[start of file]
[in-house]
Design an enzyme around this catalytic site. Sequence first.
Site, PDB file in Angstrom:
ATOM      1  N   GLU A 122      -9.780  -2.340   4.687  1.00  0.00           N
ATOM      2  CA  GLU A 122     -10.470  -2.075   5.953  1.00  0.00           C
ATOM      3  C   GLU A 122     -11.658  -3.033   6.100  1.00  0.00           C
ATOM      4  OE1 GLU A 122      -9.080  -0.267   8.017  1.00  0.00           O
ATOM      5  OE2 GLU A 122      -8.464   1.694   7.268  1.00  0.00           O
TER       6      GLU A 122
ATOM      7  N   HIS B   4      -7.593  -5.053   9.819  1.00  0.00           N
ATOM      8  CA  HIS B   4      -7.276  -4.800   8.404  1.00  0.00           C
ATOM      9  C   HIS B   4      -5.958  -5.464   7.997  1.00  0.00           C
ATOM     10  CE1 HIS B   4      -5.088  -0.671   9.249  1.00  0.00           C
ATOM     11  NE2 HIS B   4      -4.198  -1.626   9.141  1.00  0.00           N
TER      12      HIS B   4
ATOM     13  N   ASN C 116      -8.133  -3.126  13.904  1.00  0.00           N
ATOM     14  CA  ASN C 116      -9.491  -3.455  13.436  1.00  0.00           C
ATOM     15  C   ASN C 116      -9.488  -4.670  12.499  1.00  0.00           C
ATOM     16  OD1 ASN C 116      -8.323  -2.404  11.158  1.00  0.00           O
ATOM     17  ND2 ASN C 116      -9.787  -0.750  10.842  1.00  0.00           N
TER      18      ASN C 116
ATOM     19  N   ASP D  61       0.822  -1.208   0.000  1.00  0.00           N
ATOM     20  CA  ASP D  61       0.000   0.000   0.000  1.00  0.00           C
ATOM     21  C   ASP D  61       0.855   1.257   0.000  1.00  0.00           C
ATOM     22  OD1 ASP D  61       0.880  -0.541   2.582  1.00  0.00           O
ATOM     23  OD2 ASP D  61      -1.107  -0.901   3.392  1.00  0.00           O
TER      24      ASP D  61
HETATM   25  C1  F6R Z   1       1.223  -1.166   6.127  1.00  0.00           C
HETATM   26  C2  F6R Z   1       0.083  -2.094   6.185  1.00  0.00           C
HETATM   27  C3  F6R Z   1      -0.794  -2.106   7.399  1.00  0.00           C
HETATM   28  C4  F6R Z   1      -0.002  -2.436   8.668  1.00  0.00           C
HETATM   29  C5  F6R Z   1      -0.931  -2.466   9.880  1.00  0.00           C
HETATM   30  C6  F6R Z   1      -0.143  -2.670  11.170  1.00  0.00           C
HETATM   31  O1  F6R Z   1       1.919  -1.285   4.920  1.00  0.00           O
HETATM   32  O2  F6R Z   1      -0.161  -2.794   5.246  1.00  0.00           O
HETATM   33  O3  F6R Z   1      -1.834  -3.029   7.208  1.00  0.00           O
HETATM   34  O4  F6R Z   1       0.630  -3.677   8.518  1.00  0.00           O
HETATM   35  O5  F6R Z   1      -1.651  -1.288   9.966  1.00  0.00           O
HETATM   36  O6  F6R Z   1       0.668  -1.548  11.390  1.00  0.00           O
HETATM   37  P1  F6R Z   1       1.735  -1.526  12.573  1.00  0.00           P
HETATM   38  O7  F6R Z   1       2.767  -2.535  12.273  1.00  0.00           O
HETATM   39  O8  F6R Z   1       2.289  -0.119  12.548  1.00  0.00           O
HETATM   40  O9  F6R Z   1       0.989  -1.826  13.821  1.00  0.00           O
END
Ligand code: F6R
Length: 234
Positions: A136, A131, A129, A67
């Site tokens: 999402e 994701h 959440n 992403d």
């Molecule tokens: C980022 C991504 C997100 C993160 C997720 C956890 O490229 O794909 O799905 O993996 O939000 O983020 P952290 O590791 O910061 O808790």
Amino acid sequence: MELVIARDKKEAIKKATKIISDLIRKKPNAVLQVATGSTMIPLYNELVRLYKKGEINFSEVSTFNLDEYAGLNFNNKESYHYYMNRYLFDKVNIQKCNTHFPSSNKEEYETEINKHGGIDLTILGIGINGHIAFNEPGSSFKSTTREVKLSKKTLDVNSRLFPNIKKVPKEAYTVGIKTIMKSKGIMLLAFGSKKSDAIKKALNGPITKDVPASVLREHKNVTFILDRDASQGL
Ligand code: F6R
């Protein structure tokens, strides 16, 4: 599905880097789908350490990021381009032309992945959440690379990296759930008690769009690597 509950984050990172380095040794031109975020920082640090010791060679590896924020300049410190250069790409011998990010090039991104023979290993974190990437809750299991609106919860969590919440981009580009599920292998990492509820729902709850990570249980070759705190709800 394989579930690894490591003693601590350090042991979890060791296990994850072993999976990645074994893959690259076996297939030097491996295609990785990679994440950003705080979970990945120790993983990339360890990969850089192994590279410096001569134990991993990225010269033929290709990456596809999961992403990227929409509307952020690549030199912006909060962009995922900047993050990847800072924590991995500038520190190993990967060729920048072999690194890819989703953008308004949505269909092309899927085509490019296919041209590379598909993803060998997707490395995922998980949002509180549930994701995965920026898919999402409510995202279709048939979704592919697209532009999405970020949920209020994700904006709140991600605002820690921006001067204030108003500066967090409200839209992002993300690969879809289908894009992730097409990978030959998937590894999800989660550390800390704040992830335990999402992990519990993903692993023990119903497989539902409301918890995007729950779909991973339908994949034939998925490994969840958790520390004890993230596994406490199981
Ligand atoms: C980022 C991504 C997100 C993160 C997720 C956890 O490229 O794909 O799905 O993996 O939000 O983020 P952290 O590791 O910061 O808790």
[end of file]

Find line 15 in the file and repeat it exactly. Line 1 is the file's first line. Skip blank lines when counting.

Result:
TER      12      HIS B   4